Updated: Jul 13, 2022
Write a blog, they said, it’ll be fun they said. Then why is this particular blog, my first blog, causing me so much angst. I mean I’ve just written a book, a book about my life, that I entered into a manuscript competition and the convener of that competition believed in my story so much that he afforded me a publishing contract. My life story is going to be there on a page (or a bunch of pages) for all to read. So, here I am writing this blog, about writing, the whole reason I have ended up here writing a blog. So, why write?
First, I should introduce myself. I’m Sonya, single mother of two. Full time detective, in the actual sense, yes I’m a cop. I’ve been married, divorced, married, widowed, married and divorced, you’d think I should have learned by now that the marriage thing was probably not meant for me. Sounds like a recipe for disaster, I know right, I’m living it, but I assure you as you join me on this journey you will get sucked into my regaling tales of how I ended up here, and some of the interesting situations I found myself in along the way. Just one more fun fact before I move on, I am a blue widow, a police widow. Throw that in the mix and we are in for some fun times, that’s why write.
My writing journey started out as a series of journal entries. I was told by a number of therapists (yes, I’ve seen a few to find the right one) that putting my thoughts on paper would help me gain clarity and remove them from my worry bank. Writing would set me free. I mean the worst thing that could possibly happen to me did happen, why was I letting these thoughts control me.
The first date in my journal reads the 29th of January 2012, exactly eight months after my husband Damian was shot, at work. He attended an armed robbery at the Pacific Pines Tavern and was shot on duty. Yes, he too was a police officer. It was the biggest thing that had happened on the Gold Coast since I had joined in 2003. It was the biggest most damning thing that had happened in my life to that point.
I had not seen anything that was so eclipsing in the news since I was a kid and the Gulf war erupted, the events of 911, the repeated footage of the planes flying into the twin towers and them subsequently collapsing, and later the devastating Port Arthur massacre. Footage of each of those events is firmly burnt in my memory. It felt like that, footage of that night at the Pacific Pines Tavern, pictures of Damian and I, and our small children splashed everywhere, our story was everywhere, we were everywhere. Each day would bring news updates about the investigation, about us and about who Damian was. Each day there were more tributes and acknowledgement of Damian’s heroic actions. Something like this isn’t an everyday occurrence, so how, you ask, does one cope in the aftermath of such a tragedy. And that is why I needed to get the thoughts out of my head and onto the page. That is, why write.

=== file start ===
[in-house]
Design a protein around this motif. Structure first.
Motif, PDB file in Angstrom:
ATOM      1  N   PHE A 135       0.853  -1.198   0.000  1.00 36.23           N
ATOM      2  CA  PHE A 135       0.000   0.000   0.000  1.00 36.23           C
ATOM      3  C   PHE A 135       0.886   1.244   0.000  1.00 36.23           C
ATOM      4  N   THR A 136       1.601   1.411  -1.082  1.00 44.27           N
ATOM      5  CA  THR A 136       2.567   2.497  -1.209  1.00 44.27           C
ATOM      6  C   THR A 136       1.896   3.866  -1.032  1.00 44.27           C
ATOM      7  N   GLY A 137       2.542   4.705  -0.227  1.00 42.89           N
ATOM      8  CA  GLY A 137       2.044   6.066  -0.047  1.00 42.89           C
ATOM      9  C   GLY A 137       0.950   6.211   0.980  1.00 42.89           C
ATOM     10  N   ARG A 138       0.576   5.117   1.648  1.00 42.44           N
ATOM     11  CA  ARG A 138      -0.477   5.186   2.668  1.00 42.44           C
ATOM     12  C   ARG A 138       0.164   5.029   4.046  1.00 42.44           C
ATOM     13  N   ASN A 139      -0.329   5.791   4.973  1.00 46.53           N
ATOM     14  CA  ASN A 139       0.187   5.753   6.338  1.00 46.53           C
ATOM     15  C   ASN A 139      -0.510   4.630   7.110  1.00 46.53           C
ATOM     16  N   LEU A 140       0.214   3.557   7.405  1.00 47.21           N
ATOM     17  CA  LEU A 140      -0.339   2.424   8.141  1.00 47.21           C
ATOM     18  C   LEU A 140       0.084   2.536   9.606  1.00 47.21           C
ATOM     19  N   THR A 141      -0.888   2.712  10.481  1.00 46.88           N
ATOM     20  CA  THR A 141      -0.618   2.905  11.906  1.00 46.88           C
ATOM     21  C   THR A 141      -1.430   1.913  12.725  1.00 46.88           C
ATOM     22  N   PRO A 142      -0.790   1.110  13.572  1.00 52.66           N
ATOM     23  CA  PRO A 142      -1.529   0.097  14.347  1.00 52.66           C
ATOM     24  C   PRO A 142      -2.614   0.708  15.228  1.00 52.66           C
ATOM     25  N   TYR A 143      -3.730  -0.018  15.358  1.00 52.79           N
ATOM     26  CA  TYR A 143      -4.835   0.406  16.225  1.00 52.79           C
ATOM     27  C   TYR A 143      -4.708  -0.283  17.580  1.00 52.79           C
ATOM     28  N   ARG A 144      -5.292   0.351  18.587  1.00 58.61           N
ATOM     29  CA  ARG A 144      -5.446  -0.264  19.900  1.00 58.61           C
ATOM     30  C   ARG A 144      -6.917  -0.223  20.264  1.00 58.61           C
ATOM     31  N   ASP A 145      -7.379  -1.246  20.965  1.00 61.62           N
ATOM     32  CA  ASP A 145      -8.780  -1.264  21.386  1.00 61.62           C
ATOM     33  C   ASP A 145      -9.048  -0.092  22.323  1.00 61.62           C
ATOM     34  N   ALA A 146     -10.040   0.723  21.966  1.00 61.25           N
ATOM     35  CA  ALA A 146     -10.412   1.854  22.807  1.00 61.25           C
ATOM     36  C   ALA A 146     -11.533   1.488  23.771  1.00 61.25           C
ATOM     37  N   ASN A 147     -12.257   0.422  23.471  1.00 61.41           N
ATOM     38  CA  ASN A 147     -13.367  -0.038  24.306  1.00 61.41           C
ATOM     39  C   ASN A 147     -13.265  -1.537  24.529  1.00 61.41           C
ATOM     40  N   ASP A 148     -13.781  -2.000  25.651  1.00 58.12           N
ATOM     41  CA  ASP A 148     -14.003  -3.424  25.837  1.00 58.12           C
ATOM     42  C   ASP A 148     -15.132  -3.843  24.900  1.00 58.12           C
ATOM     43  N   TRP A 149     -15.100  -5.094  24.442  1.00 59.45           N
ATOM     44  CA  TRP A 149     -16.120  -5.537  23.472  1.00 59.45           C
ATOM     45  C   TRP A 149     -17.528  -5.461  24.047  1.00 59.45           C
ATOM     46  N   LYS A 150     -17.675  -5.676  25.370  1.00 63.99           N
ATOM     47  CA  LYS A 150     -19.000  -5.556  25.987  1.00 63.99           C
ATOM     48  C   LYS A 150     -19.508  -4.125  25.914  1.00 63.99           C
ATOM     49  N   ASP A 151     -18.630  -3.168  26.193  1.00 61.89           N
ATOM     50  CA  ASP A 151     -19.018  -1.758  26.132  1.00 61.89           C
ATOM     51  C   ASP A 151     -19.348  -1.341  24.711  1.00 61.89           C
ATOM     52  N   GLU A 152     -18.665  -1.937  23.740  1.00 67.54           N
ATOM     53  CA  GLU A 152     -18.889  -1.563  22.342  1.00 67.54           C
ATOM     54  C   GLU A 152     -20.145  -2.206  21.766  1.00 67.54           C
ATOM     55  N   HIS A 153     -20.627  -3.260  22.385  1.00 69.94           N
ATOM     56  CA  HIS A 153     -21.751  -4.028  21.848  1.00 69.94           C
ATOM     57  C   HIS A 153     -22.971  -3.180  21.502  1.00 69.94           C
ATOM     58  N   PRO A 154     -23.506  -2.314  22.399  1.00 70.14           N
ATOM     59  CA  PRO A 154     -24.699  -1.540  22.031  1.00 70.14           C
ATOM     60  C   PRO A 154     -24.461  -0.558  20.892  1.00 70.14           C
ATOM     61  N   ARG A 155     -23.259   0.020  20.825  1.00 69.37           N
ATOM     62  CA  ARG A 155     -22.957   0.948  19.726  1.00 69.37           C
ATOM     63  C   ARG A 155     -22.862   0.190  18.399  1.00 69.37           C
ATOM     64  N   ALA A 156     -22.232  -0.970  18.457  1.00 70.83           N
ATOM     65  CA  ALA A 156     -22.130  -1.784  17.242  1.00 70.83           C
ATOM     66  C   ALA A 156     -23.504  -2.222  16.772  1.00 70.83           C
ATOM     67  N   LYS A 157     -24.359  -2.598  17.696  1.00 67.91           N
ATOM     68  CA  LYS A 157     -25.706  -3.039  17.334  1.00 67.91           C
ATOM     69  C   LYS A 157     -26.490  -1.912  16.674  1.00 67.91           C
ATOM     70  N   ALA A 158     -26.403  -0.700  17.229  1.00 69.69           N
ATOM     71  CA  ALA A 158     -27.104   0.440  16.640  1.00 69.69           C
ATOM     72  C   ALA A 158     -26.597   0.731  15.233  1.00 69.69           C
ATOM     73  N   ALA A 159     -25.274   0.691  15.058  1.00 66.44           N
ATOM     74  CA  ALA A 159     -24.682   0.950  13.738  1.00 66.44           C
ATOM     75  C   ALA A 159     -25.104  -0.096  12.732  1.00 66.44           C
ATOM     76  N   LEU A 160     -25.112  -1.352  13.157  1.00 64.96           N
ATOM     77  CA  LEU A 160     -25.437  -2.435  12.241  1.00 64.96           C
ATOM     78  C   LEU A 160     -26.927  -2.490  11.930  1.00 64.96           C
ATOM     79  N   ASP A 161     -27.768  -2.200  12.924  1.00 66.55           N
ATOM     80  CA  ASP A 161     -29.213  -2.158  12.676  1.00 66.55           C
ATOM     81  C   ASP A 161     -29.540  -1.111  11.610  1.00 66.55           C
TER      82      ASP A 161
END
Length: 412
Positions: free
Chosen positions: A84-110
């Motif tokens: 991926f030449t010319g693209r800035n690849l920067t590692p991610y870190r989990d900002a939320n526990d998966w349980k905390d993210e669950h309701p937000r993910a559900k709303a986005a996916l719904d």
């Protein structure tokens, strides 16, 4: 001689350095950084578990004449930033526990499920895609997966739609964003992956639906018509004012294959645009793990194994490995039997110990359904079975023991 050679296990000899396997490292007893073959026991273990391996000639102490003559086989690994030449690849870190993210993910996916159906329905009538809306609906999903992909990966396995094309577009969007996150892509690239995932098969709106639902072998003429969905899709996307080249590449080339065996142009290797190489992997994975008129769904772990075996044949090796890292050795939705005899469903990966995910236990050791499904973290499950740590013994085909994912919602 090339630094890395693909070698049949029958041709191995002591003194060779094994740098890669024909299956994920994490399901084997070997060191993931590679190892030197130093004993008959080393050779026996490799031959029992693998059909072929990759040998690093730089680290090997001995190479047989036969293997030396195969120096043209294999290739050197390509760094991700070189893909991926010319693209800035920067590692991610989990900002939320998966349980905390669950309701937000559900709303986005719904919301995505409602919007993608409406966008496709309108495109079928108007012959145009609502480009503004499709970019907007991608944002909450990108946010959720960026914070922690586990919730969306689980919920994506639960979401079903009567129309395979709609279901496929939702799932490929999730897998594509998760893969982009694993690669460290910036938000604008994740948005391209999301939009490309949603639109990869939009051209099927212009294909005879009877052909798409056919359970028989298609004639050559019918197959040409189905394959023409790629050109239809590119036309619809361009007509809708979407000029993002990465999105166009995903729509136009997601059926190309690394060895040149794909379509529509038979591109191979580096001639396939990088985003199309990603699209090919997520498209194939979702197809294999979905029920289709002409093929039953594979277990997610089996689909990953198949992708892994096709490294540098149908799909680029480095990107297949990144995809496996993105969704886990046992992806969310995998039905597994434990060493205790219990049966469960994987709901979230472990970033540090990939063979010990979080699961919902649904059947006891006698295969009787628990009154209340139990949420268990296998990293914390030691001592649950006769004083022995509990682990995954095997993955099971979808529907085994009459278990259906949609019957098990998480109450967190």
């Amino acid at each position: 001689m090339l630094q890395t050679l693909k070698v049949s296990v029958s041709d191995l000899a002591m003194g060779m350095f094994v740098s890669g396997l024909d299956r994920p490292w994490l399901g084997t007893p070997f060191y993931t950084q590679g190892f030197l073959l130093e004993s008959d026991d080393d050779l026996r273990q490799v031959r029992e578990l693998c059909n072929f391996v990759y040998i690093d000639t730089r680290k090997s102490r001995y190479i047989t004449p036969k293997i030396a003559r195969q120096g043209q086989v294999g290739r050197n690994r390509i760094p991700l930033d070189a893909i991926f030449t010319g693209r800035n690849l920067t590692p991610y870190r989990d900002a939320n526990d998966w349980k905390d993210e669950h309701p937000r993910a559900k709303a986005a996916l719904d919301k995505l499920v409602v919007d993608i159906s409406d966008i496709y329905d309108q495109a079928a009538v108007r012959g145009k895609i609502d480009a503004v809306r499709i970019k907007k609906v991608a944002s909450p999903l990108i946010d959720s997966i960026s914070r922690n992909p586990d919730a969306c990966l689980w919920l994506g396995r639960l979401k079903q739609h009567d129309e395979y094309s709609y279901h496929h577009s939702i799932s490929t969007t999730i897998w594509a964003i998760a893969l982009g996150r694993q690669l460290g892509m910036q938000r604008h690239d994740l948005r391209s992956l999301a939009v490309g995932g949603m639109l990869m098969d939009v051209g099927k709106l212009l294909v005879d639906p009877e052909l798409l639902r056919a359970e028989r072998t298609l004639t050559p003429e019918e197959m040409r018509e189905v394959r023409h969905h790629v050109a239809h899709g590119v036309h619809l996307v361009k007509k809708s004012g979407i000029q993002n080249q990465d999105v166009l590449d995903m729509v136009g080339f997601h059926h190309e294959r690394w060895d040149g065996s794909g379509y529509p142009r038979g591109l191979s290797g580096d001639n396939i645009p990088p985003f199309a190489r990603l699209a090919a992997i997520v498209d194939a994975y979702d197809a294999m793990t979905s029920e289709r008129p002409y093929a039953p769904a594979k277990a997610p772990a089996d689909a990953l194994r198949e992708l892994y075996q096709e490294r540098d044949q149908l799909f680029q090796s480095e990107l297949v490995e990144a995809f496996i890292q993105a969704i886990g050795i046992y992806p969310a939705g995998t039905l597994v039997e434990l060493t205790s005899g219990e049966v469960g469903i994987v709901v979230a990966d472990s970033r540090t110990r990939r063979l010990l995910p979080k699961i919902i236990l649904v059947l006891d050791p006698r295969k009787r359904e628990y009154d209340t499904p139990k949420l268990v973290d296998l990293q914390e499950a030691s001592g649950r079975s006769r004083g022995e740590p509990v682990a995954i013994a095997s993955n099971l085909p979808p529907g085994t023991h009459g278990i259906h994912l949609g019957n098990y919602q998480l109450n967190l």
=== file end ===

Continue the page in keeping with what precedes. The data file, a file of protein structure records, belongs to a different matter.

The cathartic process of taking those thoughts and writing them on a page, with a pen was one of the things that saved me from my own self destruction. A safe place where I could leave the thoughts that were causing me grief, sometimes to return and ponder, and sometimes to let them go.
The physical journal itself was something I could touch and feel, I could run my fingers over the words, trace them and then let them go. The words became more than just thoughts that buzzed around and wreaked havoc in my flailing mental health. To be able to see the words and thoughts in plain sight and unravel their reason for appearing in my mind helped to rationalise why I felt the way I did around certain events.